“If I wish anything for him,” says Liz Lerman, the Dance Exchange founder and his former boss, “I wish for his growing comfort with chaos, because there’s chaos ahead.”
“The dance world is shifting, and it’s great to have new leadership,” she continues, speaking from her home in Arizona. (She teaches at Arizona State University.) Dance Place “is going to need to change. I hope he feels he has enough support to make changes and people won’t hang on too much to the past.”
Morgan agrees that changes are needed to keep up with audience interests and to continue building excitement about the art form. For one thing, he says, audiences crave more intimacy from live performance.
“People want more experiences that are not just sitting in a chair,” he says. “There’s a desire for something that’s more interactive and personal. The proscenium stage doesn’t really offer that. We’re seeing an uptick in immersive performances and using nontraditional spaces. It speaks to this desire for audiences and artists to connect differently.
“We, as a field, have work to do to keep up with that,” he continues. “Especially at Dance Place, presenting 40-plus works a year, and that space has to be reconfigured for each artist.” He speaks enthusiastically about the Minneapolis group BodyCartography Project, performing at Dance Place on Sept. 16-17. They’ve asked for seats to be removed so there’s greater floor space, because their shows will include audience participation and a dance party.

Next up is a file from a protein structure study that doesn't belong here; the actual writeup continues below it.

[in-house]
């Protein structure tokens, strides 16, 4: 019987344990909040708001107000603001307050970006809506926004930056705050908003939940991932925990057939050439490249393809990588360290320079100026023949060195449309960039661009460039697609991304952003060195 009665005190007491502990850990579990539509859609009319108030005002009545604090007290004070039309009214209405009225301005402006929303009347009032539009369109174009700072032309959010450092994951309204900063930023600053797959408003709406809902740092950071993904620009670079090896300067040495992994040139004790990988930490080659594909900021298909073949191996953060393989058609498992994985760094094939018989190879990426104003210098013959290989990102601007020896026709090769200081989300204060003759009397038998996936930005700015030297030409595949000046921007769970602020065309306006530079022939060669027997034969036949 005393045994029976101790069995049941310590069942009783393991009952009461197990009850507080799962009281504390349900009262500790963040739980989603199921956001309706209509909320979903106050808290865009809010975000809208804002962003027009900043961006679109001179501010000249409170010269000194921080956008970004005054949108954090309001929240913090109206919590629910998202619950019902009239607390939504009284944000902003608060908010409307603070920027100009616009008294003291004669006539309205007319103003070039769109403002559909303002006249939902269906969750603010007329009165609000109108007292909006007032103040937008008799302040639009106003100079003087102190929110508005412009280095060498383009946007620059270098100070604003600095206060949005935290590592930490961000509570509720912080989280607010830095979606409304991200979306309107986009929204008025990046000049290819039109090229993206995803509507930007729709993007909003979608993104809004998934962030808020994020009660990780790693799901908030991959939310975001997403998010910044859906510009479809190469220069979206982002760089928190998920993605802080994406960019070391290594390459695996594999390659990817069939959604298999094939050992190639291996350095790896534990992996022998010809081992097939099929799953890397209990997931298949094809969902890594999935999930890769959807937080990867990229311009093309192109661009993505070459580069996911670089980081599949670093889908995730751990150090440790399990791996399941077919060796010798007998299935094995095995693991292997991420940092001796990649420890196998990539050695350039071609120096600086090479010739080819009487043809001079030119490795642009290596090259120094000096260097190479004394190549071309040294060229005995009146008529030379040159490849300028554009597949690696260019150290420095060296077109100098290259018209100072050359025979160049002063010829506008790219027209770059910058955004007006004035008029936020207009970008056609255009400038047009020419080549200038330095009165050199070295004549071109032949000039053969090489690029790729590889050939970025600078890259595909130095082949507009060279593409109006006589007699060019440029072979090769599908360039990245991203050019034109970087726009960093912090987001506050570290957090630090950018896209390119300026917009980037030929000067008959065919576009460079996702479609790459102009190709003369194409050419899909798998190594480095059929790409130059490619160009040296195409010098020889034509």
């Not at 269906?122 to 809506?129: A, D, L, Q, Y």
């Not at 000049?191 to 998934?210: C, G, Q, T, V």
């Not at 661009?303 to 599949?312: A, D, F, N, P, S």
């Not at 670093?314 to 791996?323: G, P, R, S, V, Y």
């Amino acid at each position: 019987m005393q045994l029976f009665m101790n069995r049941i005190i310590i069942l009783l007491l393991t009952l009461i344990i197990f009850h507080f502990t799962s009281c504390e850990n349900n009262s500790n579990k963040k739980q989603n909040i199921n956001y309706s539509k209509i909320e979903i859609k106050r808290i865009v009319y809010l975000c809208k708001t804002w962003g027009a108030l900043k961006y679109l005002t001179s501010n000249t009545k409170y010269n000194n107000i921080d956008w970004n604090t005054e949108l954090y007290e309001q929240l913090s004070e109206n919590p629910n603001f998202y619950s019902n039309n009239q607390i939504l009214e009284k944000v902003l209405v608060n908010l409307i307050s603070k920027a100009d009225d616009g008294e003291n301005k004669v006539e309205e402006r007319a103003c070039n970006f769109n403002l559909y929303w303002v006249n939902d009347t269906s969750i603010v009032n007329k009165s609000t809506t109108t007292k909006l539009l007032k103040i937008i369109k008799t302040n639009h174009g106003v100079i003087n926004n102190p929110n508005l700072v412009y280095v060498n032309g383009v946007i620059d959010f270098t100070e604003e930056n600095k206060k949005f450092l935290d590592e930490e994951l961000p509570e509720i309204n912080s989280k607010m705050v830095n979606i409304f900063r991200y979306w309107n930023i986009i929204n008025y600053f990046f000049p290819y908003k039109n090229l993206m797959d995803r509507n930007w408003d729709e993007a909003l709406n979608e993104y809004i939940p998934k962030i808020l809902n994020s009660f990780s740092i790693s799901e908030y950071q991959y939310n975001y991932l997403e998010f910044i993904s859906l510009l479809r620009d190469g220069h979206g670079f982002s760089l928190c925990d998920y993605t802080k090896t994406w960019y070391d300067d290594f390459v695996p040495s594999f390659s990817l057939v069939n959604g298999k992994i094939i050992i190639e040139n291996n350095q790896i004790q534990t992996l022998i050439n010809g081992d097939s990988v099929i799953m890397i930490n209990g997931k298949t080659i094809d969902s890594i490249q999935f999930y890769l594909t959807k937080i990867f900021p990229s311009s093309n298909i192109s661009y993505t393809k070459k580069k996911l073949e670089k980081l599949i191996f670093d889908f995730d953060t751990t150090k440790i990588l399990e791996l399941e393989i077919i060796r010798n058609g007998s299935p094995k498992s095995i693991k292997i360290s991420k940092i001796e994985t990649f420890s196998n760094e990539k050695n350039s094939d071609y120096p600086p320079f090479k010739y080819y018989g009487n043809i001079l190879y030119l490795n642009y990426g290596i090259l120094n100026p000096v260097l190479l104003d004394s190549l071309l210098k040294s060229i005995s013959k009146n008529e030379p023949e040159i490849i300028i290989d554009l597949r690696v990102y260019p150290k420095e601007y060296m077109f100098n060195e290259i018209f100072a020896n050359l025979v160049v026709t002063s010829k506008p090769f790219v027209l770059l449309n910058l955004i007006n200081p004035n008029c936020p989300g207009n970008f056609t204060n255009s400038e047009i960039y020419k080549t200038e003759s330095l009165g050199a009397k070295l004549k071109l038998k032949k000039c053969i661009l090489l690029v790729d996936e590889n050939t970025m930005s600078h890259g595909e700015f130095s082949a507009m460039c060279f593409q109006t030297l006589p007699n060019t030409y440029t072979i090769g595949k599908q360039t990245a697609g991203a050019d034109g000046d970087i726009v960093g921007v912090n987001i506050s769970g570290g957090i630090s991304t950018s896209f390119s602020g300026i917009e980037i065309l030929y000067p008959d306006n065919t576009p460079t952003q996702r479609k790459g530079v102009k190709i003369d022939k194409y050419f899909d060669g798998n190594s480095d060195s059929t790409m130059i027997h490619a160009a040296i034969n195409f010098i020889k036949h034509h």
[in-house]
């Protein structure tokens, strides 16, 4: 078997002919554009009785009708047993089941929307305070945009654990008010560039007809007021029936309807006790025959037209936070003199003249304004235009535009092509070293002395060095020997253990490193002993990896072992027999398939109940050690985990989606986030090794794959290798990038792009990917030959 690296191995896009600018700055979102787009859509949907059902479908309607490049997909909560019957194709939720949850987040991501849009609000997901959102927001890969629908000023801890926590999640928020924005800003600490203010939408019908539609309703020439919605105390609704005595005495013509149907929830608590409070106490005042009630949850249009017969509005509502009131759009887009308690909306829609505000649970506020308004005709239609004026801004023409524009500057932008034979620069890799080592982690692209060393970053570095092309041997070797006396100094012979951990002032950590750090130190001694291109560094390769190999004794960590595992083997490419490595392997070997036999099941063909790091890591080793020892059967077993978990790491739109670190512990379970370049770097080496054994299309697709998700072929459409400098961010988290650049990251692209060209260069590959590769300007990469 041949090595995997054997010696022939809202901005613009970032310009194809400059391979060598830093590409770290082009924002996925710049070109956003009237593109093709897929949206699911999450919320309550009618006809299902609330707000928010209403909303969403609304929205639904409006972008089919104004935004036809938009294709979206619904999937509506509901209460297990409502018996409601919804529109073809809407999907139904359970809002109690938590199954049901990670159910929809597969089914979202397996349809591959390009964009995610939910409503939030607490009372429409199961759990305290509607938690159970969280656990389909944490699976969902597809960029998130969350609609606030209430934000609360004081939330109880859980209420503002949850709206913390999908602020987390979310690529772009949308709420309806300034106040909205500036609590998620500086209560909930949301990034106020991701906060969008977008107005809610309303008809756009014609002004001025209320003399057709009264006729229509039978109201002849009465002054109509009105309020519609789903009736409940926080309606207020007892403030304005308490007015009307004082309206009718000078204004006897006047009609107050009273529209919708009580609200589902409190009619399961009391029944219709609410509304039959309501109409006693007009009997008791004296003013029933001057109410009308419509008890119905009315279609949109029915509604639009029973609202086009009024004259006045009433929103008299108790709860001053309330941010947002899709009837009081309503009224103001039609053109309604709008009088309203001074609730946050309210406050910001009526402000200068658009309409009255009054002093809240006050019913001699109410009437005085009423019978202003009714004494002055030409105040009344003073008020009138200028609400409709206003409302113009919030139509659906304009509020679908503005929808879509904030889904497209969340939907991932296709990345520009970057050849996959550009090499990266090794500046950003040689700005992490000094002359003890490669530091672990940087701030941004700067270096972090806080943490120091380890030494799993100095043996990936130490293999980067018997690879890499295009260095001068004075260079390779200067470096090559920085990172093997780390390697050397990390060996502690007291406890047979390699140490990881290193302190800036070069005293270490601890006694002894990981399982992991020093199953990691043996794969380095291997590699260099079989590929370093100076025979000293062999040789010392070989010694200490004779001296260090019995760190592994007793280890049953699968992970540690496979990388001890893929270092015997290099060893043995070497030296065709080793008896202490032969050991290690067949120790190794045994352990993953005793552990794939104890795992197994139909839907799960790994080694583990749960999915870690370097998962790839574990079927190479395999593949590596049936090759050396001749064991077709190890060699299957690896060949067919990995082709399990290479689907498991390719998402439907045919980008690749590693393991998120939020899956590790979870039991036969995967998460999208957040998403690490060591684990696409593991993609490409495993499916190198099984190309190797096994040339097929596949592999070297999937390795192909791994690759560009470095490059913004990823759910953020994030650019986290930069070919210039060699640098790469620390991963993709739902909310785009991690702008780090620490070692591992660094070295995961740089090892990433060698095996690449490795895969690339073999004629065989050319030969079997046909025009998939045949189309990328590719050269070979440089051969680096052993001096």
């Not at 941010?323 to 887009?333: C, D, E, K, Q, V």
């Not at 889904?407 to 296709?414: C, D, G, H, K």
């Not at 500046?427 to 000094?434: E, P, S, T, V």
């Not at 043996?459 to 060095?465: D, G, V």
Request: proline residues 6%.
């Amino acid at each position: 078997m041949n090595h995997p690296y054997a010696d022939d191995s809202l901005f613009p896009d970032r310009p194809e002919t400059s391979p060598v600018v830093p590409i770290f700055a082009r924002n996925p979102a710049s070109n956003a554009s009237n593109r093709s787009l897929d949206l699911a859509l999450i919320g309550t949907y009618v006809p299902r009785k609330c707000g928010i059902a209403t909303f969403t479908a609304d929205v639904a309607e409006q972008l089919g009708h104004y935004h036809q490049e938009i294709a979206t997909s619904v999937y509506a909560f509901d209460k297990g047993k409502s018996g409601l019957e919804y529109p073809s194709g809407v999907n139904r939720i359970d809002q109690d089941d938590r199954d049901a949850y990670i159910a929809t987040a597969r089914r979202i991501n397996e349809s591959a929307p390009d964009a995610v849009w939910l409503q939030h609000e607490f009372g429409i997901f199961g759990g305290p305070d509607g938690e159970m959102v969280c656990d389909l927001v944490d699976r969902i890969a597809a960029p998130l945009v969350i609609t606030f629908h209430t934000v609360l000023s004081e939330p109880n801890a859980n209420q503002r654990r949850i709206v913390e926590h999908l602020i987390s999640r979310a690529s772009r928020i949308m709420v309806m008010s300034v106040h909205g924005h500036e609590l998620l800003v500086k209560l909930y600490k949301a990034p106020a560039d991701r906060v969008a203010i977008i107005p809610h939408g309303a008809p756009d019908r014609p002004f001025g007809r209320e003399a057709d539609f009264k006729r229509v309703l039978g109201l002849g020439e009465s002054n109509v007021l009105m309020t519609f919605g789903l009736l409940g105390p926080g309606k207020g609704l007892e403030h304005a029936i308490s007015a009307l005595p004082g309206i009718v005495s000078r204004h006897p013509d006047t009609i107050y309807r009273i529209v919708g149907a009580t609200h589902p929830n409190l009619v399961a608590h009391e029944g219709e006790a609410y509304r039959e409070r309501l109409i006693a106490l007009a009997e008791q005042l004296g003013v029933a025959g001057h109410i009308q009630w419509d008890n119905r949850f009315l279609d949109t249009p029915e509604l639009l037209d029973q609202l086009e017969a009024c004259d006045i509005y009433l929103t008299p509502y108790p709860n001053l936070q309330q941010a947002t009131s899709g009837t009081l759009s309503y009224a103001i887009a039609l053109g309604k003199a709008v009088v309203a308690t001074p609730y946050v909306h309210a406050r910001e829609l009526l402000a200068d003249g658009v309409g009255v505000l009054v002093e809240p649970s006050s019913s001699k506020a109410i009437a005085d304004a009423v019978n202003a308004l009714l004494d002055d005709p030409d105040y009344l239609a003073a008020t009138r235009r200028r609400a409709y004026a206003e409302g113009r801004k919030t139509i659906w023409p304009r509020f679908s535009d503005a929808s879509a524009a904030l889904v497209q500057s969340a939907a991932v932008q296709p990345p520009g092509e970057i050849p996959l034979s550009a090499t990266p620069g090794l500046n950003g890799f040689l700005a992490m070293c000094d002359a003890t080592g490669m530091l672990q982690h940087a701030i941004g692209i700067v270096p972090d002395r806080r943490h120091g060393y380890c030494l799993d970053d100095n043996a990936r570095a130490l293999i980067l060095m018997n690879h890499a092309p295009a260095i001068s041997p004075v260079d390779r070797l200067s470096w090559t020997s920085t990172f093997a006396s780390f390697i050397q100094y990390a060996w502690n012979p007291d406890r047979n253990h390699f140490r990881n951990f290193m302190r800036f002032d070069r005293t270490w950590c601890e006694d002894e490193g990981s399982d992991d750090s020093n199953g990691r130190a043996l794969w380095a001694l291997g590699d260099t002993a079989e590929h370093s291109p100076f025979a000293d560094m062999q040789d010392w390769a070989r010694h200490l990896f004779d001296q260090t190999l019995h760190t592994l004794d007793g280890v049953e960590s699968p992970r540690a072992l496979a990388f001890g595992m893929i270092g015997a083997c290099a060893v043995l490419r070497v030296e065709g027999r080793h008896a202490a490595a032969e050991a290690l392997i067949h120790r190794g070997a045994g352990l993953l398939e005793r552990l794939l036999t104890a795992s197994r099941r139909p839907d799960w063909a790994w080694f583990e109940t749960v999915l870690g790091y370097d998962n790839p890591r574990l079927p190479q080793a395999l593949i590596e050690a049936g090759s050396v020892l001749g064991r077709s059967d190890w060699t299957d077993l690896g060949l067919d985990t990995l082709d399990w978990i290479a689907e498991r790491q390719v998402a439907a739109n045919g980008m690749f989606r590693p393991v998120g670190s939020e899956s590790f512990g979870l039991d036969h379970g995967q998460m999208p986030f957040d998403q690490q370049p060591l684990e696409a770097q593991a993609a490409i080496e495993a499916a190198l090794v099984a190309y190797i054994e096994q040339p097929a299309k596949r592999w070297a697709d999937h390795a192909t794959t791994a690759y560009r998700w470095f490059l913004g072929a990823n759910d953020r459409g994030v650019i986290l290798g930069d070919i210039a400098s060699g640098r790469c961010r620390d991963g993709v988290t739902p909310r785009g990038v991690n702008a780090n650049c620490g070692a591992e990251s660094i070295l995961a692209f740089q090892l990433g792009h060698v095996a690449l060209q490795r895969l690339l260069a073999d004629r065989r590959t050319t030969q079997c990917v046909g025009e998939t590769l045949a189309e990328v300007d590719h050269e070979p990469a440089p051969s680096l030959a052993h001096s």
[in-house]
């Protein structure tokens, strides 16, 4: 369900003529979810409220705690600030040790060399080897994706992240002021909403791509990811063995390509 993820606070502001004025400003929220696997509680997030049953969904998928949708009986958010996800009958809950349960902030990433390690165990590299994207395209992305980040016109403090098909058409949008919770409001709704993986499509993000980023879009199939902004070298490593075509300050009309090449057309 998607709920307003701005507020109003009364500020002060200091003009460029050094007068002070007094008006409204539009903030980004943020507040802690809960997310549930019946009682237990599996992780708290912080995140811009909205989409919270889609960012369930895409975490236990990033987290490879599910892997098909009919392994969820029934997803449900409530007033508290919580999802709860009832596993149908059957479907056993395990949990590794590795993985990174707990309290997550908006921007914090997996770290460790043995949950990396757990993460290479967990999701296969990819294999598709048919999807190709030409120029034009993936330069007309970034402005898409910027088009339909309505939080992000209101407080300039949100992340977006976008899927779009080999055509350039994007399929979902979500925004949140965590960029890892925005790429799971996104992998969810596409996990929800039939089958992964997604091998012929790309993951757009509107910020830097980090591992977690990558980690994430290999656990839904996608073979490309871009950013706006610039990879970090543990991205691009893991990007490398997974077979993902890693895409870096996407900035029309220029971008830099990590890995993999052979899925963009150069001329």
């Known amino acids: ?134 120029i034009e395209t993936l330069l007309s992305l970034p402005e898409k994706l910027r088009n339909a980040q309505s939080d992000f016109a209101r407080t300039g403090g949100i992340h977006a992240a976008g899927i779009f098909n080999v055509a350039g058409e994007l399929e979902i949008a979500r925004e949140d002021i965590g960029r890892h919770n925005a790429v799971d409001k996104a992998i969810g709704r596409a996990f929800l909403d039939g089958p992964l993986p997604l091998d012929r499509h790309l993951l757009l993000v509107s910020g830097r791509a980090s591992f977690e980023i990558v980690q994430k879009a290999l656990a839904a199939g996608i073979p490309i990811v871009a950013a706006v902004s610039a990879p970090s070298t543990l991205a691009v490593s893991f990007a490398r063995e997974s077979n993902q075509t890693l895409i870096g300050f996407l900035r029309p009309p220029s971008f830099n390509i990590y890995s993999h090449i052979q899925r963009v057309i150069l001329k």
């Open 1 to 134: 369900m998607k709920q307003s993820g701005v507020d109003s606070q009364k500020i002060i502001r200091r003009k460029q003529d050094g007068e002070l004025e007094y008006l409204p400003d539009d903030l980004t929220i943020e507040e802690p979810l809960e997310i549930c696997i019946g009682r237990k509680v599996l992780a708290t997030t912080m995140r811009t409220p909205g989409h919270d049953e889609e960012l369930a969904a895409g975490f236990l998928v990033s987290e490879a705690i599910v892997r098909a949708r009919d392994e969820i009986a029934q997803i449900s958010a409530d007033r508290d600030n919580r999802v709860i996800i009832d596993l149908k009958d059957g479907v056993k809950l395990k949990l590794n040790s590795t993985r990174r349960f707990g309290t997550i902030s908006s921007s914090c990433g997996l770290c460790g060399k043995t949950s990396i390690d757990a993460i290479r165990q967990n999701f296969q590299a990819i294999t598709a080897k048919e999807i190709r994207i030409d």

But Morgan, guided by his dancer’s intuition, swings back to the issue to which he relates most closely: local choreographers and their creative needs, and what he can give them.
“I’m so grateful to this community for what it’s done for me,” he says. “I want to make sure we’re doing that for other artists.”